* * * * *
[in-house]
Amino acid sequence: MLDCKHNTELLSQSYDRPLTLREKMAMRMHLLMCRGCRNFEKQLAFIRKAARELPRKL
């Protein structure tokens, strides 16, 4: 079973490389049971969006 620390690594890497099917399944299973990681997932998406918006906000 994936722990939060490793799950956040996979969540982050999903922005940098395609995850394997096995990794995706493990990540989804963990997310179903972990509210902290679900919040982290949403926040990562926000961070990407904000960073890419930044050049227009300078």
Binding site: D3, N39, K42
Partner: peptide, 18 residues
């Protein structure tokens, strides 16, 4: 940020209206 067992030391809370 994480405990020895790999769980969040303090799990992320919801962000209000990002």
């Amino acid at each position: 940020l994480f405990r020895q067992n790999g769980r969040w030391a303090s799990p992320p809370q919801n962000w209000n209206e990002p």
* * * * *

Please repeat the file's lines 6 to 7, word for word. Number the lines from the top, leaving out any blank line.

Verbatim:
């Protein structure tokens, strides 16, 4: 940020209206 067992030391809370 994480405990020895790999769980969040303090799990992320919801962000209000990002």
């Amino acid at each position: 940020l994480f405990r020895q067992n790999g769980r969040w030391a303090s799990p992320p809370q919801n962000w209000n209206e990002p």